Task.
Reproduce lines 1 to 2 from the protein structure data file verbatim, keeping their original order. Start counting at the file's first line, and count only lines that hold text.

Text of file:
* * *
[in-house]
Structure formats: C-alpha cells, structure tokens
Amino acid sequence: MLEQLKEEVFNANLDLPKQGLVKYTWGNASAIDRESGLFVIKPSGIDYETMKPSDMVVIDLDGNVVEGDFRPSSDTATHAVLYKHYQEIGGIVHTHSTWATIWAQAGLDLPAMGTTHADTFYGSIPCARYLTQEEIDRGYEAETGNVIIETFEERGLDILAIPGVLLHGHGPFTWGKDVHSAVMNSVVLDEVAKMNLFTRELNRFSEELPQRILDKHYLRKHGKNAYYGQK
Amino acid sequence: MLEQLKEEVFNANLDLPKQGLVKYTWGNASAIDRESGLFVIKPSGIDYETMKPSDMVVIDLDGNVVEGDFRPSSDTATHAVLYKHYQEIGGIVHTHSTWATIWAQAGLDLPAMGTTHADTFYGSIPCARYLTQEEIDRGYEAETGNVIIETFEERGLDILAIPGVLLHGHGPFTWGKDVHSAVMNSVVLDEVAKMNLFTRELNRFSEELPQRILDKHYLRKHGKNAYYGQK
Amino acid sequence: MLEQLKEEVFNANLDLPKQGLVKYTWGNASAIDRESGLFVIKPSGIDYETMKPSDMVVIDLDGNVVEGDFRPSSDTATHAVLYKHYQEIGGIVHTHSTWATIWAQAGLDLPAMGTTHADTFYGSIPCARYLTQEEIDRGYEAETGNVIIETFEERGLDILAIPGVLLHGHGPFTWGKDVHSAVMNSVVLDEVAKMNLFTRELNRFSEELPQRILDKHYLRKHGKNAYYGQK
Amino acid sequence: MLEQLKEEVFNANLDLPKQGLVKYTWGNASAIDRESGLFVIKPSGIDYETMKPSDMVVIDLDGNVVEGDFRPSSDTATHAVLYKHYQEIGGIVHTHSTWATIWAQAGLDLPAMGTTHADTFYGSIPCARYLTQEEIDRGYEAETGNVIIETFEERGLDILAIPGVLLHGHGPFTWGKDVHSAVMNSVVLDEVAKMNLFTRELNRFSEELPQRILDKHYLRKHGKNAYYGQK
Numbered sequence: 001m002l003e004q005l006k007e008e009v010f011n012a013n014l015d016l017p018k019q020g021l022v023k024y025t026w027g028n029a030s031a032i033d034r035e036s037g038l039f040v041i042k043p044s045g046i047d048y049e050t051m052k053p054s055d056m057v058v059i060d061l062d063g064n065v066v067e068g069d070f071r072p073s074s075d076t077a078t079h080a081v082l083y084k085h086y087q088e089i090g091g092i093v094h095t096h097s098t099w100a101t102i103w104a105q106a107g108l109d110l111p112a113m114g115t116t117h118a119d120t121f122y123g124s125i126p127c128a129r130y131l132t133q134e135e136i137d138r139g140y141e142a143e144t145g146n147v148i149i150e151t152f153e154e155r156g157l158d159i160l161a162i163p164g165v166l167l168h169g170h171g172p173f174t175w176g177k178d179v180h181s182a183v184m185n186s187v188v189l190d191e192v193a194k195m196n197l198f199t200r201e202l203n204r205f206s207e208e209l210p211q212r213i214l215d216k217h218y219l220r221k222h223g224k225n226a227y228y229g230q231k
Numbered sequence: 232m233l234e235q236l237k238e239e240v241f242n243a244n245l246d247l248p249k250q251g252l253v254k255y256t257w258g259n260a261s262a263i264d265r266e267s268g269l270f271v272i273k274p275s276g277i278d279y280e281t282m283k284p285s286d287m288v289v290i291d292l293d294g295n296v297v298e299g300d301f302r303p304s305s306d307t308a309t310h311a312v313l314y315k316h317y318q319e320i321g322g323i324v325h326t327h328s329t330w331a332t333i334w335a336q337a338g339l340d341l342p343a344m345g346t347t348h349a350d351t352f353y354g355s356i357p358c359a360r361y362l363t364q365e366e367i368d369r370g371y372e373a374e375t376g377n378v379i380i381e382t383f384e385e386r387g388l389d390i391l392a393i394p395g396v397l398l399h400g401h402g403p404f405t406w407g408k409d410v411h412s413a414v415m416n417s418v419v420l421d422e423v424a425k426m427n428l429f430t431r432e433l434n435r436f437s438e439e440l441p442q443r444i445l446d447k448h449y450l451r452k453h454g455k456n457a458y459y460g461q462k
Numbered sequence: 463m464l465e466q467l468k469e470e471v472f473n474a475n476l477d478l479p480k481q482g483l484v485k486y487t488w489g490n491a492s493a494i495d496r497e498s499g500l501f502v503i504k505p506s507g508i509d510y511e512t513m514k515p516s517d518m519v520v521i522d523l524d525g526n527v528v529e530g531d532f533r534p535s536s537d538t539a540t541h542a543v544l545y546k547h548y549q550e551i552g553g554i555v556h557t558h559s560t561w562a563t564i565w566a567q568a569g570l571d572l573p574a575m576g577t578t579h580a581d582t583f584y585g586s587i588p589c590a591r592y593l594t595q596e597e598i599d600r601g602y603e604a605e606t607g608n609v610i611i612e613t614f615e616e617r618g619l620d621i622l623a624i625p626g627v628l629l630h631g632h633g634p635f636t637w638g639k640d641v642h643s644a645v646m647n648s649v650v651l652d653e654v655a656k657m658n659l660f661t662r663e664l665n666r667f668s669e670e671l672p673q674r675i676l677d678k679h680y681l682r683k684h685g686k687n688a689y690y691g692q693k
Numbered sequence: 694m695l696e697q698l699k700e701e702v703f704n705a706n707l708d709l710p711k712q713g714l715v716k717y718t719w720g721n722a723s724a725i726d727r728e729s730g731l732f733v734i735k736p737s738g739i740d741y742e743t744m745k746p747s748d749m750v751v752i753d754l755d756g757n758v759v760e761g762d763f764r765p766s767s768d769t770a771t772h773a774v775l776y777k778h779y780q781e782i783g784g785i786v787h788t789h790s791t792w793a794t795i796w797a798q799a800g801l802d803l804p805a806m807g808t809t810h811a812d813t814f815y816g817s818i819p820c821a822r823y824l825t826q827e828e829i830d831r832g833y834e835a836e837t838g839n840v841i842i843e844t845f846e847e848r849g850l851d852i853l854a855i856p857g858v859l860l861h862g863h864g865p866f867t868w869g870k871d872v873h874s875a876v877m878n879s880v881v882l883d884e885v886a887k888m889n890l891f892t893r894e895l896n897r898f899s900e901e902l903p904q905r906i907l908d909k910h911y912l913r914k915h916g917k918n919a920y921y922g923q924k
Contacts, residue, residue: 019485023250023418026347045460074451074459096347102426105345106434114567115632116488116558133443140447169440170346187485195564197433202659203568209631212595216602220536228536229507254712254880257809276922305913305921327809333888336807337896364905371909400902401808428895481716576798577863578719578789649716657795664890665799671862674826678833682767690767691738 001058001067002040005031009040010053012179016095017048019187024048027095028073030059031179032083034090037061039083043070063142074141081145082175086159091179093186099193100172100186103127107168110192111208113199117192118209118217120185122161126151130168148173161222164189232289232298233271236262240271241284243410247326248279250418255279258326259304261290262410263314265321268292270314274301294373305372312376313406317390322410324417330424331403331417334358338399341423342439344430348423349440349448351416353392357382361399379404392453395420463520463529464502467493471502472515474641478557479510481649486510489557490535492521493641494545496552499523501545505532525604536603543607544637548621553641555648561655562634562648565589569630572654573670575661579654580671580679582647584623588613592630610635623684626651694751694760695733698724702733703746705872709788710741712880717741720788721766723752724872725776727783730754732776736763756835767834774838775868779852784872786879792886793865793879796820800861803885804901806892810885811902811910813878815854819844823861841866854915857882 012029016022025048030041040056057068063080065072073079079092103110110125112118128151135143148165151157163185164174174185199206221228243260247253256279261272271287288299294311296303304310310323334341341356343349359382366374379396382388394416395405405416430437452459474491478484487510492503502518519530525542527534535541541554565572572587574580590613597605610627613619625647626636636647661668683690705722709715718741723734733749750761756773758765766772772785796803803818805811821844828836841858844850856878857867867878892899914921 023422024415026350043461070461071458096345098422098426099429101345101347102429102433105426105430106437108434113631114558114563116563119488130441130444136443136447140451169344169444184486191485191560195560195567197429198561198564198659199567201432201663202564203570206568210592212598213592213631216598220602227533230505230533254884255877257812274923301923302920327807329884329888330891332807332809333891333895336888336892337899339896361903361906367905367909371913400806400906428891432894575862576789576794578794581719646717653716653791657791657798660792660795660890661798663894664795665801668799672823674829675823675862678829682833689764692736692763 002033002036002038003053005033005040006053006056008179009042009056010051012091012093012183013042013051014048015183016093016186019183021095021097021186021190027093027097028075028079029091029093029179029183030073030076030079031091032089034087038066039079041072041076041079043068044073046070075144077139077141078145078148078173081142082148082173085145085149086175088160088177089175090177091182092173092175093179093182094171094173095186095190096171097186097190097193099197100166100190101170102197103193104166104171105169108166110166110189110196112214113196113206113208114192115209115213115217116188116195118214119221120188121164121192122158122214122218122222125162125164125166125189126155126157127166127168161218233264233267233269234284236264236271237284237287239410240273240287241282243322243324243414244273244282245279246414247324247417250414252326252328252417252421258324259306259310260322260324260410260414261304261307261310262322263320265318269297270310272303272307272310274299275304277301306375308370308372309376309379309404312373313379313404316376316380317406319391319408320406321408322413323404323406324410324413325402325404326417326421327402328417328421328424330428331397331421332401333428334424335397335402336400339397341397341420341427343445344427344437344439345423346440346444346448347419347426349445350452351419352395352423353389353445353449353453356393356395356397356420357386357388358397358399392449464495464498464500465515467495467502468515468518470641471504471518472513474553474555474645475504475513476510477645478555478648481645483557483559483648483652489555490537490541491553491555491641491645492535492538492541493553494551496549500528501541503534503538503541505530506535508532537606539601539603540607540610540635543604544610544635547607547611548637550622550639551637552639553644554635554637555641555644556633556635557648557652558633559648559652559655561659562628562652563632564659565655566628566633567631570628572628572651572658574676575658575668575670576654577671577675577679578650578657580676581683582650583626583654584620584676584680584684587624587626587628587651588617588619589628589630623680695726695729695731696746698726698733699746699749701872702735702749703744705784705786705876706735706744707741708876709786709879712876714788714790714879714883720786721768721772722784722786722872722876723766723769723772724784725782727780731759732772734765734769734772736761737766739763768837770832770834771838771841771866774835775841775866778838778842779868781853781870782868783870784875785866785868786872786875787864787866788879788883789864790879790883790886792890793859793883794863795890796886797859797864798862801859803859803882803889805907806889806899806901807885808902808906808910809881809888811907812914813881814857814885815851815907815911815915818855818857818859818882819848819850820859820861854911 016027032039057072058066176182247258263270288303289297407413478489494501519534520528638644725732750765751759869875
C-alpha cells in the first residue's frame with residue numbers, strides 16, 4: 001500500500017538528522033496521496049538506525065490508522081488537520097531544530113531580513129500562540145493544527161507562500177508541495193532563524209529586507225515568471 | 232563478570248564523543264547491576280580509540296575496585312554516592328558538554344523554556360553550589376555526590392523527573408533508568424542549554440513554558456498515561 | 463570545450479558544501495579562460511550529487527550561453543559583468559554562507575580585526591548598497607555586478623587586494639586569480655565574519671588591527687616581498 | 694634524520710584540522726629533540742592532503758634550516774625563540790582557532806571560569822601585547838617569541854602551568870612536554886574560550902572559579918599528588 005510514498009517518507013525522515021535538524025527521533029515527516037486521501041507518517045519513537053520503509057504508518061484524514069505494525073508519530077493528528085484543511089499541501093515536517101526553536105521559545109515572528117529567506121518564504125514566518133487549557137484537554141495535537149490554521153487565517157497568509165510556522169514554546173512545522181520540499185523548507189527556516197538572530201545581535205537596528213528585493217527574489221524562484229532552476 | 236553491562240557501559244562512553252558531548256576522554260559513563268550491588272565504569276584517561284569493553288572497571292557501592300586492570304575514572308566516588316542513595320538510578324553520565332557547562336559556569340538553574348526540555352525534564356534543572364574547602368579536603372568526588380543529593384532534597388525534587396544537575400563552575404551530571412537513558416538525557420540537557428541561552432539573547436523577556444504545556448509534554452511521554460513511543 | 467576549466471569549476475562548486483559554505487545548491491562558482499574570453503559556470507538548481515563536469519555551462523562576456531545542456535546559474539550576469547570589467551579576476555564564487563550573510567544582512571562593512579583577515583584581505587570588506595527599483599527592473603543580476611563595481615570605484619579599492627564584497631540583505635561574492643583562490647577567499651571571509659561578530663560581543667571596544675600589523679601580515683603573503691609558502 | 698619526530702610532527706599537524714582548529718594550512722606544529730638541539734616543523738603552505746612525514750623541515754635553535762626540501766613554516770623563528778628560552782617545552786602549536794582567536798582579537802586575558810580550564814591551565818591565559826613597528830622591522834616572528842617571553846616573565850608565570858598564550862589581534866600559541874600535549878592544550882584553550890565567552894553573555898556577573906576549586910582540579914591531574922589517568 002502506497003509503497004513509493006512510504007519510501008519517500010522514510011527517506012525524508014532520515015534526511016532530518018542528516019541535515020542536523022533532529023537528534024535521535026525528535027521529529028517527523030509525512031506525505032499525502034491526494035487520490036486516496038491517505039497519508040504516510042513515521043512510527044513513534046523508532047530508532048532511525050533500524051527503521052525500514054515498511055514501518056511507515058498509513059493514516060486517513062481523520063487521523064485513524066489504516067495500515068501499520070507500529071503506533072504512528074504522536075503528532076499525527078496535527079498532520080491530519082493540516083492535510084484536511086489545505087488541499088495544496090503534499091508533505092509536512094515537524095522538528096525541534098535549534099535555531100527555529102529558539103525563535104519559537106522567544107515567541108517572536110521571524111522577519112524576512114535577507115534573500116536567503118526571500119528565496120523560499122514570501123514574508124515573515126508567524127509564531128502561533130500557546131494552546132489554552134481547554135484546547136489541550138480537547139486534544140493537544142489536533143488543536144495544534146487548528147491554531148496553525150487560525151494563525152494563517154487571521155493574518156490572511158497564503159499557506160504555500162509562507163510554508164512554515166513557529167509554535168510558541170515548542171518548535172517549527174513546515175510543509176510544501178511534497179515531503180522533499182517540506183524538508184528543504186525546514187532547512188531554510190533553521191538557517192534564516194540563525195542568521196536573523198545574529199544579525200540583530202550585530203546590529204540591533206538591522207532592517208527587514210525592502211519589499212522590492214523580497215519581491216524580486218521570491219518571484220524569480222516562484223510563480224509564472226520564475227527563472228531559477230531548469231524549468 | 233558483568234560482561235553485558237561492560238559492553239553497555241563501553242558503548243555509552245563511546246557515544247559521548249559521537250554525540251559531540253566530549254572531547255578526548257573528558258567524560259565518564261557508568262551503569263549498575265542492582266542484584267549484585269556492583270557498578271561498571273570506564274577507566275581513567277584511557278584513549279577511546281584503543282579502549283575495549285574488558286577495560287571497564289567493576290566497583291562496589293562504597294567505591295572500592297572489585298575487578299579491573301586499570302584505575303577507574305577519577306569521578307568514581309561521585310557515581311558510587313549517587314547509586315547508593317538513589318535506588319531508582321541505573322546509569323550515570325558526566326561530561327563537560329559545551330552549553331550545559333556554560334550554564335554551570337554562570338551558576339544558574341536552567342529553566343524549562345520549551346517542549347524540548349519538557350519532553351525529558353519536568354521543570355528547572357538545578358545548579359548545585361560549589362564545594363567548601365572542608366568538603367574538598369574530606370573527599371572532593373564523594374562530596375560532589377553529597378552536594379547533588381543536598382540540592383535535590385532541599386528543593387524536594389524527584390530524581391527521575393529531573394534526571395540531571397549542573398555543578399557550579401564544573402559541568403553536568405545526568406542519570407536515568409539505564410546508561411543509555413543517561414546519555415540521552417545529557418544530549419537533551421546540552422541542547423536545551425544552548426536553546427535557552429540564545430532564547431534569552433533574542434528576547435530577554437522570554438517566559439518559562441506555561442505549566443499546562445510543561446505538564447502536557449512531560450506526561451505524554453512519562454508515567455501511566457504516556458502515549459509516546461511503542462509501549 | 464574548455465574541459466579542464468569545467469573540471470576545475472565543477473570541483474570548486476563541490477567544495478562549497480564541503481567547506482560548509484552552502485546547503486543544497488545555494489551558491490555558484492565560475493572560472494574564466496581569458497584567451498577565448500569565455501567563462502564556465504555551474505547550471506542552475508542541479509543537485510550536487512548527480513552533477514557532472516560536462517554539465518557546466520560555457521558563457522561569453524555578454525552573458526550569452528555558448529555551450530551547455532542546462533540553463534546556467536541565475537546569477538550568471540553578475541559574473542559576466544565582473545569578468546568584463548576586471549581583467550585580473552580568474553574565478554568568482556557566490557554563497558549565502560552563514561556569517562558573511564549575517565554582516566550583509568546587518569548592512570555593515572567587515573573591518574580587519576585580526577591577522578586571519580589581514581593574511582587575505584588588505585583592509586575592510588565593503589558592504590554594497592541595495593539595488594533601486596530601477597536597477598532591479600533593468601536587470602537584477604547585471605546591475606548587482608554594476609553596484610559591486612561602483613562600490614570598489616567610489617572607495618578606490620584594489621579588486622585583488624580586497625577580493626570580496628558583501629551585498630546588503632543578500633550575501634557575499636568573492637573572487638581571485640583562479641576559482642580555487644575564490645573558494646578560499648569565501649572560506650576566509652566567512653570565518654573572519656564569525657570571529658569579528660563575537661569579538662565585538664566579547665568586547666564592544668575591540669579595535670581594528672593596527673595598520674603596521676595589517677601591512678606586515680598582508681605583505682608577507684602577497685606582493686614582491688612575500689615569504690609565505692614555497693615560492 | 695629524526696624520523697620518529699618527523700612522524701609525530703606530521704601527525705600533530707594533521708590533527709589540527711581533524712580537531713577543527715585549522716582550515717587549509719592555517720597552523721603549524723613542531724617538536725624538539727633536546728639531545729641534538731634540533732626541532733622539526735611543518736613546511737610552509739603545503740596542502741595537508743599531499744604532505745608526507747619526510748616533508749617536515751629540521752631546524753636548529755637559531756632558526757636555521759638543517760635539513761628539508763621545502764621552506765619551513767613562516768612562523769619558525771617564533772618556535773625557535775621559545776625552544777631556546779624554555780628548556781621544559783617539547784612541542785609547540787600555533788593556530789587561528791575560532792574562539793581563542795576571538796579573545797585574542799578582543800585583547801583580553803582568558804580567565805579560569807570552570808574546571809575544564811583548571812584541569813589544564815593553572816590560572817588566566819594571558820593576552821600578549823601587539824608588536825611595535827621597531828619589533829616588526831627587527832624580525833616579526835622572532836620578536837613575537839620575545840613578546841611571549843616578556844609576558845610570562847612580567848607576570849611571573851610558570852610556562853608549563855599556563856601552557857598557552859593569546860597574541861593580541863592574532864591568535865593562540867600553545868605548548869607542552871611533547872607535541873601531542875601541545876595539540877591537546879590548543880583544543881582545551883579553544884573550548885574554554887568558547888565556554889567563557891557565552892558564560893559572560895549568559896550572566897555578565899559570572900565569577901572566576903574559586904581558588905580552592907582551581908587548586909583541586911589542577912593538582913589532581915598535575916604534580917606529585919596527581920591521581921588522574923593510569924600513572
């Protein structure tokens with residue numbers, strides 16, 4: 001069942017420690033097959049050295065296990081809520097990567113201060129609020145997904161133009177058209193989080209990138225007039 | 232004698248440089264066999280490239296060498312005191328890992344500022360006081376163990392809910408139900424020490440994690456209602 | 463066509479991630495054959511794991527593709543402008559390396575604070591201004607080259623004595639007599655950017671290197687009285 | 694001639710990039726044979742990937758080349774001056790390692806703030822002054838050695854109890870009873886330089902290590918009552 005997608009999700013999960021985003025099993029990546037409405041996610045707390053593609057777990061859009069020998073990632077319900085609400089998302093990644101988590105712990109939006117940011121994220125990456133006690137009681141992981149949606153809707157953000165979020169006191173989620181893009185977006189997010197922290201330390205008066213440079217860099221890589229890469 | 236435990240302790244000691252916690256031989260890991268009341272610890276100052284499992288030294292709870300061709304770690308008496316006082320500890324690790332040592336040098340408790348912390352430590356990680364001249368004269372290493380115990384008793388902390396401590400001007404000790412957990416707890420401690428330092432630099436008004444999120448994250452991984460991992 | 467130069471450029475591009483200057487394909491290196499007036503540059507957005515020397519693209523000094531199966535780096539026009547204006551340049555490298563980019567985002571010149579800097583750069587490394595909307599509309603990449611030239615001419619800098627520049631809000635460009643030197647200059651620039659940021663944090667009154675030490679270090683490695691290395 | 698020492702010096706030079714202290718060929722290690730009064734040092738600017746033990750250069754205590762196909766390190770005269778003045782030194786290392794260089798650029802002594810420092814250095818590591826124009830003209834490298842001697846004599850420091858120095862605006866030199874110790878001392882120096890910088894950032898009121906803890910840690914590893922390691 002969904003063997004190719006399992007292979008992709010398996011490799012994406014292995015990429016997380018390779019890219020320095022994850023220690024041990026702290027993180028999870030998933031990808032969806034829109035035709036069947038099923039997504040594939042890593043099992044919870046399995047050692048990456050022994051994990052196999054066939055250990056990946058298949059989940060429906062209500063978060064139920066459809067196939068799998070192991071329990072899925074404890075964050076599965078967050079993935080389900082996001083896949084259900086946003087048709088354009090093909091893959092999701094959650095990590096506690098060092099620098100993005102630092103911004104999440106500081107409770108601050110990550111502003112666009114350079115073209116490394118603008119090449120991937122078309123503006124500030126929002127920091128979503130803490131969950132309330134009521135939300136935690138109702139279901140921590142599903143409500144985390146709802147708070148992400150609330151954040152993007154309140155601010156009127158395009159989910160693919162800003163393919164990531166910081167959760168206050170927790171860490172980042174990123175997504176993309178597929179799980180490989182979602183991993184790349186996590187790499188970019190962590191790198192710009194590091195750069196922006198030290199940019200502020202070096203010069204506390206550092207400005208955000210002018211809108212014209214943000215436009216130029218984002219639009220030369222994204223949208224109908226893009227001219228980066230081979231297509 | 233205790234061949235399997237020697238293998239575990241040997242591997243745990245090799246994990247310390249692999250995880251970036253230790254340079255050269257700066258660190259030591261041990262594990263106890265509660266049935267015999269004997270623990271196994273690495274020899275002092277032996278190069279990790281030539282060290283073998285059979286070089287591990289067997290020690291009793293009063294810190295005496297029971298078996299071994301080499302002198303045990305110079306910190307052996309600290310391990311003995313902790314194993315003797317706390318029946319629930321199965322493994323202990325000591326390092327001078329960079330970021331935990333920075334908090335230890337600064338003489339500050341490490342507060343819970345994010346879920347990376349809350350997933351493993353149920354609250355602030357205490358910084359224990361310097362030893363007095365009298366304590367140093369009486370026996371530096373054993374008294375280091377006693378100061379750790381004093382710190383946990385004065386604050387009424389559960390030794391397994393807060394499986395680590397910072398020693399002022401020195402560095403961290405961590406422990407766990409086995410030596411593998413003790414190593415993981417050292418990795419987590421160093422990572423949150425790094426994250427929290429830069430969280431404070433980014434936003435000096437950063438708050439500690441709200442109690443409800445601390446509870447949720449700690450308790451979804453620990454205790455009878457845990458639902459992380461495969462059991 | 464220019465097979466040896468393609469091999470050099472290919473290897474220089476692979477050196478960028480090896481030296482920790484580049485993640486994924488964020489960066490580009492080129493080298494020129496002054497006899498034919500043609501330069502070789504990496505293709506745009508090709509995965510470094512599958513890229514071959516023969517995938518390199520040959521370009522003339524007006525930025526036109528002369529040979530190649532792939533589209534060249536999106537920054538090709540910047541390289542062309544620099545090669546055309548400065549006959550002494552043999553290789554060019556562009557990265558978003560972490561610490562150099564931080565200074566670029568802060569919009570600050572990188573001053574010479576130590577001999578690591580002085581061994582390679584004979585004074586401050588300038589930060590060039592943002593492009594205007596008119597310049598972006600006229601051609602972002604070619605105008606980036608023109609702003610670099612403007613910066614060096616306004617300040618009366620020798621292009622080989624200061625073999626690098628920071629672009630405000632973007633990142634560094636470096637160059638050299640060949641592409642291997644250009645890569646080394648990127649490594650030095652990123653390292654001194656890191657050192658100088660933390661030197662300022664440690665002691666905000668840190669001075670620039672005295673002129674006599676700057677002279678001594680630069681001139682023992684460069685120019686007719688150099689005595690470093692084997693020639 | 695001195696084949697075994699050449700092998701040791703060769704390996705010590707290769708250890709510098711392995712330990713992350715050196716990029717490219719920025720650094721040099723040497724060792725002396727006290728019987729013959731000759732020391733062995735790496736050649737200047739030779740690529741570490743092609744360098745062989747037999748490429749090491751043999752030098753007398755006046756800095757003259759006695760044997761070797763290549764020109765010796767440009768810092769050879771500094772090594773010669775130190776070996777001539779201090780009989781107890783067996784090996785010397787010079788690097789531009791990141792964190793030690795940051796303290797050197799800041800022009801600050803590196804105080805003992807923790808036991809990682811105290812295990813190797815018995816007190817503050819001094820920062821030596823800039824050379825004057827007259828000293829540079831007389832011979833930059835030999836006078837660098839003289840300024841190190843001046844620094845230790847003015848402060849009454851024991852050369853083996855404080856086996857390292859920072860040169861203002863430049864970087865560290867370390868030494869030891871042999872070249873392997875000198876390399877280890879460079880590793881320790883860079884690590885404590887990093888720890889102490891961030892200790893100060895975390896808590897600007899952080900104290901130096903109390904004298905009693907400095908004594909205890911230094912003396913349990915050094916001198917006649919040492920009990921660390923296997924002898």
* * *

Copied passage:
[in-house]
Structure formats: C-alpha cells, structure tokens